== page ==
I came to know that Pakistan used to be one country with India. I came to know that Russia also invaded Bulgaria. I told people Belgium used to be one country with the Netherlands. Some people were very unaware of where the Netherlands actually is.


Universities are very different when it comes to discipline. You can be late or not show up and it will have no consequences. There is not a lot of room to speak though and there is respect for the teacher. Students can be lazy and undisciplined.  


There were security measures taken when it comes to the university. You needed to scan your pass to be able to get in the building. I remember a mother who was a student and her child wasn’t allowed in the building. One day there were police officers and sniffer dogs making their way through the building. There were also security guards just around the corner of my street. I also knew several people who were mugged and I even got an email about it. Whenever I walked home by myself I kept my distance to anyone else.  


A big cultural difference was transportation. In the Netherlands everyone bikes everywhere. In London you take a tube. It is completely dark and the sound it makes is deafening. You also get a train or a bus or walk for an hour and then an hour back. Very normal. I did buy a bike and did bike to a bit of a hilly area but overall London is quite flat. There were three hills that I have been on top of.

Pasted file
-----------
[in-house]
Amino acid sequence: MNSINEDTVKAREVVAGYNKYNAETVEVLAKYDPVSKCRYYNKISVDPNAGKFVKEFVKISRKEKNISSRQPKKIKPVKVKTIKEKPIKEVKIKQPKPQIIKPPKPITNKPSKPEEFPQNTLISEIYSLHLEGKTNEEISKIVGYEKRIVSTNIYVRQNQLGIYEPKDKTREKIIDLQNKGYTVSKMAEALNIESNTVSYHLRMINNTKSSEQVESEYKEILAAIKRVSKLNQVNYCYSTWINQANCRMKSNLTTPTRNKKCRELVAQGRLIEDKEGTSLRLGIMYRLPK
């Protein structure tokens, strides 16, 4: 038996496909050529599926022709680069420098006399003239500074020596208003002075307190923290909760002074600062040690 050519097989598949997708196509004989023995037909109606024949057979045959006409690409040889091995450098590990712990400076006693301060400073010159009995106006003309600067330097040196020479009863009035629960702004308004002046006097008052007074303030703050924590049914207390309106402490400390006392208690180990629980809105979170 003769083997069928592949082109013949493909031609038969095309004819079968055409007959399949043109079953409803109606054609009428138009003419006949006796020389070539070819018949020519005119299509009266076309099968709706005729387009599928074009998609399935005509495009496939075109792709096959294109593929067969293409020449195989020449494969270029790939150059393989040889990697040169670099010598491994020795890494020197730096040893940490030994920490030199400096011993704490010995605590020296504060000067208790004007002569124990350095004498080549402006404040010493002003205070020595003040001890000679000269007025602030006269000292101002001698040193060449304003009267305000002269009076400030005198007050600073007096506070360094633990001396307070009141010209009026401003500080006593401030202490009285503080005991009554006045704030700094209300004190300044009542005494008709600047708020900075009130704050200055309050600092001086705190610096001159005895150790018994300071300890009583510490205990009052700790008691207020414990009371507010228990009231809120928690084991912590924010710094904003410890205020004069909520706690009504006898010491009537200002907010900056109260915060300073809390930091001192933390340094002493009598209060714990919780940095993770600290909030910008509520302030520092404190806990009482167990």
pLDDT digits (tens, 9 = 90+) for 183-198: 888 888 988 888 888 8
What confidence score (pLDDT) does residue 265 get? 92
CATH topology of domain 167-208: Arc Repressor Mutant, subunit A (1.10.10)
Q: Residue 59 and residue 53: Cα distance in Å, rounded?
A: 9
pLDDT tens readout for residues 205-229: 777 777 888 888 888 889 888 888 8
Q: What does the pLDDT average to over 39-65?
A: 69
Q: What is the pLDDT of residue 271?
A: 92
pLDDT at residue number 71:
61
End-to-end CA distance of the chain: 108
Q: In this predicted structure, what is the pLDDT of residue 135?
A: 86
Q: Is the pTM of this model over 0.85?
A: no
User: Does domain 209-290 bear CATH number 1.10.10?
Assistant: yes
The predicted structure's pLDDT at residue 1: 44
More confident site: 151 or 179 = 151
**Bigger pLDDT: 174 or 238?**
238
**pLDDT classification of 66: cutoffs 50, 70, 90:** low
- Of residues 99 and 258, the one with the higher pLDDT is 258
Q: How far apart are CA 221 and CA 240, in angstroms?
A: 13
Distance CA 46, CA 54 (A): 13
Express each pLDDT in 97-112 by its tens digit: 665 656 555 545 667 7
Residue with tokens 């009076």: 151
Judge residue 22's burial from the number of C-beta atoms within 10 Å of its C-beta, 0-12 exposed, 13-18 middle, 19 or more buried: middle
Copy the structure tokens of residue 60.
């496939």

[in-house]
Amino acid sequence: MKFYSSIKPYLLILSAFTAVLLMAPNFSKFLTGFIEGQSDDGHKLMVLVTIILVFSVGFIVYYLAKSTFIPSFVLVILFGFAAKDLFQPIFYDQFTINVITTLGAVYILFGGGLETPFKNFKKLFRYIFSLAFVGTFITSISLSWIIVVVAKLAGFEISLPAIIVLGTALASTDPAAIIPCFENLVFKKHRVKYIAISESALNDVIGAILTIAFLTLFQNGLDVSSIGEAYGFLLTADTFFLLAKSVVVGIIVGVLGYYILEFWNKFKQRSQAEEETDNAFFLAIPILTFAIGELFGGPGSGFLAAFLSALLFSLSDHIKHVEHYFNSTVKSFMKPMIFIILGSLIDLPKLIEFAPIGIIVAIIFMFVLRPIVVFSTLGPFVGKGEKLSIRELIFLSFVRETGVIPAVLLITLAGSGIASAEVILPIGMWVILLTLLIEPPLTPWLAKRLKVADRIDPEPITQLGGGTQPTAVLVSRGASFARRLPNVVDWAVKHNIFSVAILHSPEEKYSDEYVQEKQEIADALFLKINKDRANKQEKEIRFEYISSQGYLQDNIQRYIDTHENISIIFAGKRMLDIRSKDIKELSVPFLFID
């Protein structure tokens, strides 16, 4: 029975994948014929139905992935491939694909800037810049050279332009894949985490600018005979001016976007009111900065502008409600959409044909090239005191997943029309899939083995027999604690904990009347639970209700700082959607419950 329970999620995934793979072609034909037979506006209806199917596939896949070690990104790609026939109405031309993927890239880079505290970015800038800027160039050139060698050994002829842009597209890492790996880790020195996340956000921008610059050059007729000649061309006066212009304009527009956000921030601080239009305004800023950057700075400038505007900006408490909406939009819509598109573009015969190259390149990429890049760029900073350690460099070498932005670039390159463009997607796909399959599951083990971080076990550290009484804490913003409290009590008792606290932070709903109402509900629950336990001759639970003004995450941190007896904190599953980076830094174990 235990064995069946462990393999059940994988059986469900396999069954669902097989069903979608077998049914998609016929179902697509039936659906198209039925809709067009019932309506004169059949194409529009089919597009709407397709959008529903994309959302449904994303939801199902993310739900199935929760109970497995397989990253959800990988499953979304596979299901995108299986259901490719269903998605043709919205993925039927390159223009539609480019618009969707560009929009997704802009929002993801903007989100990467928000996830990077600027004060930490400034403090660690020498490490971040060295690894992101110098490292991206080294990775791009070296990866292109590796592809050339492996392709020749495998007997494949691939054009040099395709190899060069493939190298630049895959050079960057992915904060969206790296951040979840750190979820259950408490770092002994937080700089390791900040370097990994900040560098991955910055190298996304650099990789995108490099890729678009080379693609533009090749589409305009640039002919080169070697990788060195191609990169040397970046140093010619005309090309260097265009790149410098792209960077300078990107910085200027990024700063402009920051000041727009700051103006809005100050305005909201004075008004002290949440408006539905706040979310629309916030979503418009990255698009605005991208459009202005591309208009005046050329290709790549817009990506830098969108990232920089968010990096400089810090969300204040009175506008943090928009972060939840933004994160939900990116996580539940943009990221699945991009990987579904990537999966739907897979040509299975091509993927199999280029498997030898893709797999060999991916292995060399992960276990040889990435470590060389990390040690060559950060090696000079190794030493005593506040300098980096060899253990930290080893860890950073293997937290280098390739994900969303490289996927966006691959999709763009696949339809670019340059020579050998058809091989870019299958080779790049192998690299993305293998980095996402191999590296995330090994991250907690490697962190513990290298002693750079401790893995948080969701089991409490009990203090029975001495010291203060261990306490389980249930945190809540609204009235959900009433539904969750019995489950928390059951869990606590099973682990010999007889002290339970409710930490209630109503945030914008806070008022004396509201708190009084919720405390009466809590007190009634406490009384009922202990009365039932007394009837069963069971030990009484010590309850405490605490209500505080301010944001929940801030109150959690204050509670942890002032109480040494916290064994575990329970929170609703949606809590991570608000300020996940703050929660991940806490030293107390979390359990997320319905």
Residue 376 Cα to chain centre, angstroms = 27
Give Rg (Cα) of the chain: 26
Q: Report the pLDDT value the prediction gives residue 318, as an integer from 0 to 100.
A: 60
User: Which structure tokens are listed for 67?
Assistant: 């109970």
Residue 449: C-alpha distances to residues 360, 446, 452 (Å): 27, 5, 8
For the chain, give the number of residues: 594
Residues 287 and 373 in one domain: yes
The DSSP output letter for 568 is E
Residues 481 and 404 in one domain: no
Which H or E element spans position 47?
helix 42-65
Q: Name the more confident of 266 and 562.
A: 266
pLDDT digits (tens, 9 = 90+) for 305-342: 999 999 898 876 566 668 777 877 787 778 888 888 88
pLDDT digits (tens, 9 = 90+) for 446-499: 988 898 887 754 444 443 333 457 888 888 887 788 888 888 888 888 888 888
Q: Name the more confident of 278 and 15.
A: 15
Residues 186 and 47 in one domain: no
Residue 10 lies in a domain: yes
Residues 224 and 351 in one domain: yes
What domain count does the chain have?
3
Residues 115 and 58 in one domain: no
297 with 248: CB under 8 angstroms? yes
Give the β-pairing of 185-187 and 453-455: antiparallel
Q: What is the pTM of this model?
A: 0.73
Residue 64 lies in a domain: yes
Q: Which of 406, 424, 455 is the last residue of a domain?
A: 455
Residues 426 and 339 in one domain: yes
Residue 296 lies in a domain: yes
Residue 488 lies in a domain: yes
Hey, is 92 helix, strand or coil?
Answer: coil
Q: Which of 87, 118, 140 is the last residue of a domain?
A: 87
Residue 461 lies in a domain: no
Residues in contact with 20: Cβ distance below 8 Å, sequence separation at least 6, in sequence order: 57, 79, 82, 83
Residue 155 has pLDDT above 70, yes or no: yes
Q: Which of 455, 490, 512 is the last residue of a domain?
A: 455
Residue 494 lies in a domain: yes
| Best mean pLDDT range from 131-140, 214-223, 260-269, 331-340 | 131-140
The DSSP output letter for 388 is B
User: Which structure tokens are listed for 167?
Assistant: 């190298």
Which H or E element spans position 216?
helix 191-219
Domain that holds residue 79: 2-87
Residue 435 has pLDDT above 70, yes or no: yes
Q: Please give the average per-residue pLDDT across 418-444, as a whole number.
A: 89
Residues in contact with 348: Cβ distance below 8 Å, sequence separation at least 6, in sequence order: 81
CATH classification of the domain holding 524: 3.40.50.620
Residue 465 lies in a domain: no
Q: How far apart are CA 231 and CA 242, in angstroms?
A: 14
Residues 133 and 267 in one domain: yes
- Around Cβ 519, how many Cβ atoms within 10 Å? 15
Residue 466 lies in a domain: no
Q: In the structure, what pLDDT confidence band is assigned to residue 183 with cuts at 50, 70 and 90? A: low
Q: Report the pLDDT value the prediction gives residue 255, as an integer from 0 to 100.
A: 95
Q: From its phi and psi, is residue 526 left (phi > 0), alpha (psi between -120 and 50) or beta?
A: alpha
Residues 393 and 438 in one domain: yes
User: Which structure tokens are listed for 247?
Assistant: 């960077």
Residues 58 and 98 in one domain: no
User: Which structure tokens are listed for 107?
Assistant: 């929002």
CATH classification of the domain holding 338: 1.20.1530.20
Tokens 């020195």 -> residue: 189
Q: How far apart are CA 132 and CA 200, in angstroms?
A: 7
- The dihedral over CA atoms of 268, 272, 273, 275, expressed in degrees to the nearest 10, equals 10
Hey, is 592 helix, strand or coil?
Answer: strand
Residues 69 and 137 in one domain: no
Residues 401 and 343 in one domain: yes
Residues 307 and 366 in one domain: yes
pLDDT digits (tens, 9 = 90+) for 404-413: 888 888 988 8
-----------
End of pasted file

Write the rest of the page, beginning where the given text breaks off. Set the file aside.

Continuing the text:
There are a lot more options when it comes to restaurants and bars compared to my little city. You can take salsa lessons and dance freely until three. Enough gay bars and countless dining options in very varied cuisines.


I think it is fair to say that London is a much harsher place. People are more individual and are always in a rush. They don’t have the time for you or for a red light. In Zwolle people have time to have a chat with you while you purchase something. They sometimes do in London too but I think it is more common in smaller cities. The bus driver for example will not greet you at all. You are very lucky if you even get a smile or get eye contact. They usually just look very grumpy. Sometimes it is a woman with make-up and earrings. Also, very normal. Talking about greeting each other; in Zwolle some people will say hi in the streets but in London this isn’t normal at all.  


Since London is so individual people dress exactly the way they like. They’ll wear piercings or something very colourful. You will come across these people who just put on whatever they wish in Zwolle but not in the same volume as in London.  


I had this very interesting conversation with a student from Romania. Her background is very different from mine. She is not allowed to get a divorce from her parents. That she left her previous boyfriend already meant that she is the black sheep in the family. Mostly, I think in the Netherlands we are pretty free when it comes to break-ups and divorce.  


There was one big cultural difference I learnt from my childhood friend. A peace sign is not shown with the back of your hand and if you do show the back of your hand it actually means fuck off. This is supposed to stem from a time where people used their fingers as an arch and would fire an arrow from it. Fingers were also cut off. These fingers were powerful and it is a powerful sign until this day. If you want to say peace, you don’t show the back of your hand but your palm.

If you want to know more about my time in London or get more cultural insights, please let me know. Until next time! X